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Preserving Your Personal Wealth: Balancing Personal and Professional Market Risk

By Michael Evans, The Cogent Advisor

May 2014
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Traders are professional risk-takers. But what about your personal wealth?

Every trading professional knows that market risk must be clearly understood and expertly managed if you want to survive, let alone strengthen your human capital as a trader. But how do the vital concepts of risk and reward apply to your financial capital – i.e., the proceeds you keep for your and your family’s personal wealth and well-being?

The risk itself doesn’t change. But – and this is key – how you manage market risks in your personal life versus your professional career is a whole different game. This is true for all investors, but it’s especially important for professional traders and others whose careers hinge on high-risk ventures. In this article, we’ll explain strategic differences as well as practical applications for managing market risks in your personal investment portfolio.

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It takes at least two shifts to build a portfolio for your personal wealth that appropriately complements your high-risk day job as a professional trader: One is in your own attitude. The other is in the way you take on market risk.

Shift your attitudes. The first step in managing your personal portfolio is to think of it as a bastion for offsetting some of the high market risks you are taking in your career. That’s why the concepts that drive sound risk management for your investments are different from those that drive the risk-taking you embrace in your career.

Your career is for earning the wealth to begin with. When you invest that wealth, you do so to maintain your desired lifestyle as well as to sustain you and your family through challenging periods, such as when your trading activities may underwhelm or you are in a career transition. You want to manage your portfolio in proper measure for two very different roles: accumulation and preservation.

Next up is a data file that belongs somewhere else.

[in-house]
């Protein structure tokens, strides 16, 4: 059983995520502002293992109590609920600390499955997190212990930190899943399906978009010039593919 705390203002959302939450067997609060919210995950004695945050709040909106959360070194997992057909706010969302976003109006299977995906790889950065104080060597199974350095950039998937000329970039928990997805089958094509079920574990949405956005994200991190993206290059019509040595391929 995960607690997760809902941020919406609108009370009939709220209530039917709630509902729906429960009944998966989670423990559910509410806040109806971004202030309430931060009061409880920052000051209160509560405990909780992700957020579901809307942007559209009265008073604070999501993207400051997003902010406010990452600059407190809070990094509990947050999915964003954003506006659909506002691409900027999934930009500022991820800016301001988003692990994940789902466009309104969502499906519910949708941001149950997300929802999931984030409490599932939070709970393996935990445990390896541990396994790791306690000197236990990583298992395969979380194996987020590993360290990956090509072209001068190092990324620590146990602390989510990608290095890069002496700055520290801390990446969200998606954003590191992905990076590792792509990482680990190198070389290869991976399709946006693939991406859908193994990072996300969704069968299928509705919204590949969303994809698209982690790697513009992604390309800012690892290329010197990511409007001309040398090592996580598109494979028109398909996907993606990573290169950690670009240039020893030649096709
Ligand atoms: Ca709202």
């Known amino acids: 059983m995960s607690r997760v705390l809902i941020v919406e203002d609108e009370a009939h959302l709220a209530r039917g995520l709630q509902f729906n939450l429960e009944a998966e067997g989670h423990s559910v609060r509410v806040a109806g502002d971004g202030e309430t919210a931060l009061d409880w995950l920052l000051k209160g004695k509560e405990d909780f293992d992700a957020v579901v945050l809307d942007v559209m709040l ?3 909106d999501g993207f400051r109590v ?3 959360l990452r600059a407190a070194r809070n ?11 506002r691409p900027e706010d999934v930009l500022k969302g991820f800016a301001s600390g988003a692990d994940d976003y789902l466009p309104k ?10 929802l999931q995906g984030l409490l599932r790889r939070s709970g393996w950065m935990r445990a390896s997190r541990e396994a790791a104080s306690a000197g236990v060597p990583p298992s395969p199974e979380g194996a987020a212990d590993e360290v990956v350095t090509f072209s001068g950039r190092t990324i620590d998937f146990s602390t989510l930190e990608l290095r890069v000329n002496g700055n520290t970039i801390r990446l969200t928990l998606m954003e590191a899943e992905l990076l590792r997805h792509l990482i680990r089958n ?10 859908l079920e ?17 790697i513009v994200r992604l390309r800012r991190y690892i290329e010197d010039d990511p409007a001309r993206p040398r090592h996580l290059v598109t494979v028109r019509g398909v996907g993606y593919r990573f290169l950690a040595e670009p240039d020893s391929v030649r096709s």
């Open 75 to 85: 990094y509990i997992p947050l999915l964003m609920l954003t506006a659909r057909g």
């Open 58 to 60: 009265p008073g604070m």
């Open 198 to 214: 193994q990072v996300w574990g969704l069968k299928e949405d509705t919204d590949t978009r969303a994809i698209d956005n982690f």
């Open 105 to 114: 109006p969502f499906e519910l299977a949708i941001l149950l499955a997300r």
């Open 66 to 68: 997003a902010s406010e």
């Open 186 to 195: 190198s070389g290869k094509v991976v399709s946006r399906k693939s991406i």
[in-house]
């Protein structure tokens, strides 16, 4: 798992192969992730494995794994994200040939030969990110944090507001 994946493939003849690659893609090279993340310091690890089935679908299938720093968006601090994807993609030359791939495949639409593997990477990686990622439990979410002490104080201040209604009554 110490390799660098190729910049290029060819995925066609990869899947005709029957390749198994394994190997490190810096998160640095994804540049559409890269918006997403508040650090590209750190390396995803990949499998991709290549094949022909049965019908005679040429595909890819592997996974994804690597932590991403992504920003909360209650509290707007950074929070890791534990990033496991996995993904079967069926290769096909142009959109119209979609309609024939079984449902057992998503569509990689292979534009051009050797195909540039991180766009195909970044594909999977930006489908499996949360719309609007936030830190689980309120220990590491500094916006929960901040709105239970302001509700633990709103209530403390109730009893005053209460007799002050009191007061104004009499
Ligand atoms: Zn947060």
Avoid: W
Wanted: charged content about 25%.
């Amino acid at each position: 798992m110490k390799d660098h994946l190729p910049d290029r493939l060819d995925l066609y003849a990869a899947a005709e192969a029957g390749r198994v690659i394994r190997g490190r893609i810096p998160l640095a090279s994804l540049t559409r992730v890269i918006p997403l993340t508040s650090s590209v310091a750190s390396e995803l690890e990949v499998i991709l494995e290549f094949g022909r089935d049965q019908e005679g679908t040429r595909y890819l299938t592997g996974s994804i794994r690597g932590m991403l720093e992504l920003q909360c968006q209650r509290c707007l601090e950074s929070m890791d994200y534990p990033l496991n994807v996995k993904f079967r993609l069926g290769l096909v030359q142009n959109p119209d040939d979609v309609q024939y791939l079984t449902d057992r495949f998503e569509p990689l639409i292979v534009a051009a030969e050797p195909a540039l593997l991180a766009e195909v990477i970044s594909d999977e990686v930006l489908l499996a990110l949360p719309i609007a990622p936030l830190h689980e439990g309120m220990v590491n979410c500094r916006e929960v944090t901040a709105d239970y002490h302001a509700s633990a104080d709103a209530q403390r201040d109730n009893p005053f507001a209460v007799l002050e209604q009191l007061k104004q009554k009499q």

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Shift your risks. Here’s a concept that is powerful, and yet unfamiliar to most investors: By adopting less equity risk in your personal portfolio, but heavily tilting that risk toward a globally diversified small-cap and value concentration, you can still capture appropriate levels of expected long-term investment returns while putting a damper on the risk involved.

The “risks involved” include both volatility and shortfall risks. Most are familiar with market volatility risk, i.e., the amount security prices fluctuate in the short-term, along the way to their long-term outcomes. Shortfall is the risk that an investment will eventually deliver its expected premium, but in worst-case scenarios, not soon enough for the individual investor to benefit from it.

The notion is to manage market risk by taking on less overall equity risk – but more risk exposure within the equities that you do take on. This is an intriguing possibility for trading professionals who seek a comfortable balance between carefully preserving the bulk of their hard-won personal wealth, while remaining open to some level of continued growth.

Our end goal is to show you how you can take necessary market risk in your personal trading portfolio while strengthening your ability to survive various downturns and financial turmoil – in your life as well as in your career.

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When I began my former career as a trader more than 20 years ago, I received two great pieces of advice. The first one came from a great and charismatic trader who went by “TEX” (yes, in all-caps). One day early on, TEX watched as I put on a trade that became immediately profitable. And then very profitable.